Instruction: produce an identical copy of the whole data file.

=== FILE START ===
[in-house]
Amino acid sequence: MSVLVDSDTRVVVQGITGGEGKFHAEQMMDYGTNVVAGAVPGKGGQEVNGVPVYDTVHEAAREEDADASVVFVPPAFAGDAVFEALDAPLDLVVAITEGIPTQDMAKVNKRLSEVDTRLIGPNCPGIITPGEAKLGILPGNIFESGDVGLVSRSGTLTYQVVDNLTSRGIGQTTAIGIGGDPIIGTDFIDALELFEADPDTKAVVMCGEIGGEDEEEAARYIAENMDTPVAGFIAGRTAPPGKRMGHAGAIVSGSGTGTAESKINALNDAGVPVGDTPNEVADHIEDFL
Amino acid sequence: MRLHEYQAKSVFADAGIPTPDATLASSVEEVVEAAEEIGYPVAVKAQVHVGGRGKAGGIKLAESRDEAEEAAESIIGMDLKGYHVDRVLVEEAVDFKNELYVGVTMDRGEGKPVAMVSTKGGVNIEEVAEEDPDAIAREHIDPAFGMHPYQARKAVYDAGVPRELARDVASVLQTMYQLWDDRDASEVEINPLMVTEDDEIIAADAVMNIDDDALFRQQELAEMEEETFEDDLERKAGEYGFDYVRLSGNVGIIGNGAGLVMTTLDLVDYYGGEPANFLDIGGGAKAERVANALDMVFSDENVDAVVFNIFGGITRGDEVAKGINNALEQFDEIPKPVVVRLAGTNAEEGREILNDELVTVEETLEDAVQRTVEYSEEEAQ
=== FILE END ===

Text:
[in-house]
Amino acid sequence: MSVLVDSDTRVVVQGITGGEGKFHAEQMMDYGTNVVAGAVPGKGGQEVNGVPVYDTVHEAAREEDADASVVFVPPAFAGDAVFEALDAPLDLVVAITEGIPTQDMAKVNKRLSEVDTRLIGPNCPGIITPGEAKLGILPGNIFESGDVGLVSRSGTLTYQVVDNLTSRGIGQTTAIGIGGDPIIGTDFIDALELFEADPDTKAVVMCGEIGGEDEEEAARYIAENMDTPVAGFIAGRTAPPGKRMGHAGAIVSGSGTGTAESKINALNDAGVPVGDTPNEVADHIEDFL
Amino acid sequence: MRLHEYQAKSVFADAGIPTPDATLASSVEEVVEAAEEIGYPVAVKAQVHVGGRGKAGGIKLAESRDEAEEAAESIIGMDLKGYHVDRVLVEEAVDFKNELYVGVTMDRGEGKPVAMVSTKGGVNIEEVAEEDPDAIAREHIDPAFGMHPYQARKAVYDAGVPRELARDVASVLQTMYQLWDDRDASEVEINPLMVTEDDEIIAADAVMNIDDDALFRQQELAEMEEETFEDDLERKAGEYGFDYVRLSGNVGIIGNGAGLVMTTLDLVDYYGGEPANFLDIGGGAKAERVANALDMVFSDENVDAVVFNIFGGITRGDEVAKGINNALEQFDEIPKPVVVRLAGTNAEEGREILNDELVTVEETLEDAVQRTVEYSEEEAQ